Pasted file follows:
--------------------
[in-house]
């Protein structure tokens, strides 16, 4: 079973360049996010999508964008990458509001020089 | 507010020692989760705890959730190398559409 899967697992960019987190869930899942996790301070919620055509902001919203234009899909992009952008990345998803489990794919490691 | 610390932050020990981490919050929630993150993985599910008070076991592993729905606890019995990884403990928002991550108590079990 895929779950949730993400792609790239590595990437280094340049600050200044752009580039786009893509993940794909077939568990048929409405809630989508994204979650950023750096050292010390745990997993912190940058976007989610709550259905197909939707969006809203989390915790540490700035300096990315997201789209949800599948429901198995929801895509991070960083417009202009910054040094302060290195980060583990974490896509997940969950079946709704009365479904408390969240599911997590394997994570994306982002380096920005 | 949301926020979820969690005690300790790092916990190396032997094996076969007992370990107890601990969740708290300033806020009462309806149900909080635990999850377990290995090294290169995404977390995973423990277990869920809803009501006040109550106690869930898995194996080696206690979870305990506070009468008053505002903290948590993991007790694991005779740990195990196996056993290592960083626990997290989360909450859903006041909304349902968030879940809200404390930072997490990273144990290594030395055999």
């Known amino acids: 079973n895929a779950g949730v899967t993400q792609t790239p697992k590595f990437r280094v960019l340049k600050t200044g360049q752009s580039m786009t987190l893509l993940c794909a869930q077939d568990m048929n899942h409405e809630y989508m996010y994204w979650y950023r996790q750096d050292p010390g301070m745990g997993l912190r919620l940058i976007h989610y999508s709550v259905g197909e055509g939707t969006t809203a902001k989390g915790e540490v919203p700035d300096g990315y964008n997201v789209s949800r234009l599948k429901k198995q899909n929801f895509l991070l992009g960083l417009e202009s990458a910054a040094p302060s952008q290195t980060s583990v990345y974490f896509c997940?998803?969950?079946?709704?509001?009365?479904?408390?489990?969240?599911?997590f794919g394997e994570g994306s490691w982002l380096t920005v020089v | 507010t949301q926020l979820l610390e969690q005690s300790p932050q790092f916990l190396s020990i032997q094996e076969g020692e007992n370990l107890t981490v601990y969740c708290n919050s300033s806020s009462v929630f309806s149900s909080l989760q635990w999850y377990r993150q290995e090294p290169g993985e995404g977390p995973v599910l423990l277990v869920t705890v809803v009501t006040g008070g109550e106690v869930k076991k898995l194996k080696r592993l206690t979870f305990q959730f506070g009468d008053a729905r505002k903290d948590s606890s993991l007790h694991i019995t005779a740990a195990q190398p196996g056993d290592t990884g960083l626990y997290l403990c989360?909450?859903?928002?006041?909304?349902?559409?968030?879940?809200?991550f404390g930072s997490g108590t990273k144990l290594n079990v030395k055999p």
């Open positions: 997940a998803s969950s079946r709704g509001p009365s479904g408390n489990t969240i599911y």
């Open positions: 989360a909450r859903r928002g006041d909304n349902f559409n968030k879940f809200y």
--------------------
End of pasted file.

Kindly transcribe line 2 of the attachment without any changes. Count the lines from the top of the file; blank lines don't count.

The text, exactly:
């Protein structure tokens, strides 16, 4: 079973360049996010999508964008990458509001020089 | 507010020692989760705890959730190398559409 899967697992960019987190869930899942996790301070919620055509902001919203234009899909992009952008990345998803489990794919490691 | 610390932050020990981490919050929630993150993985599910008070076991592993729905606890019995990884403990928002991550108590079990 895929779950949730993400792609790239590595990437280094340049600050200044752009580039786009893509993940794909077939568990048929409405809630989508994204979650950023750096050292010390745990997993912190940058976007989610709550259905197909939707969006809203989390915790540490700035300096990315997201789209949800599948429901198995929801895509991070960083417009202009910054040094302060290195980060583990974490896509997940969950079946709704009365479904408390969240599911997590394997994570994306982002380096920005 | 949301926020979820969690005690300790790092916990190396032997094996076969007992370990107890601990969740708290300033806020009462309806149900909080635990999850377990290995090294290169995404977390995973423990277990869920809803009501006040109550106690869930898995194996080696206690979870305990506070009468008053505002903290948590993991007790694991005779740990195990196996056993290592960083626990997290989360909450859903006041909304349902968030879940809200404390930072997490990273144990290594030395055999």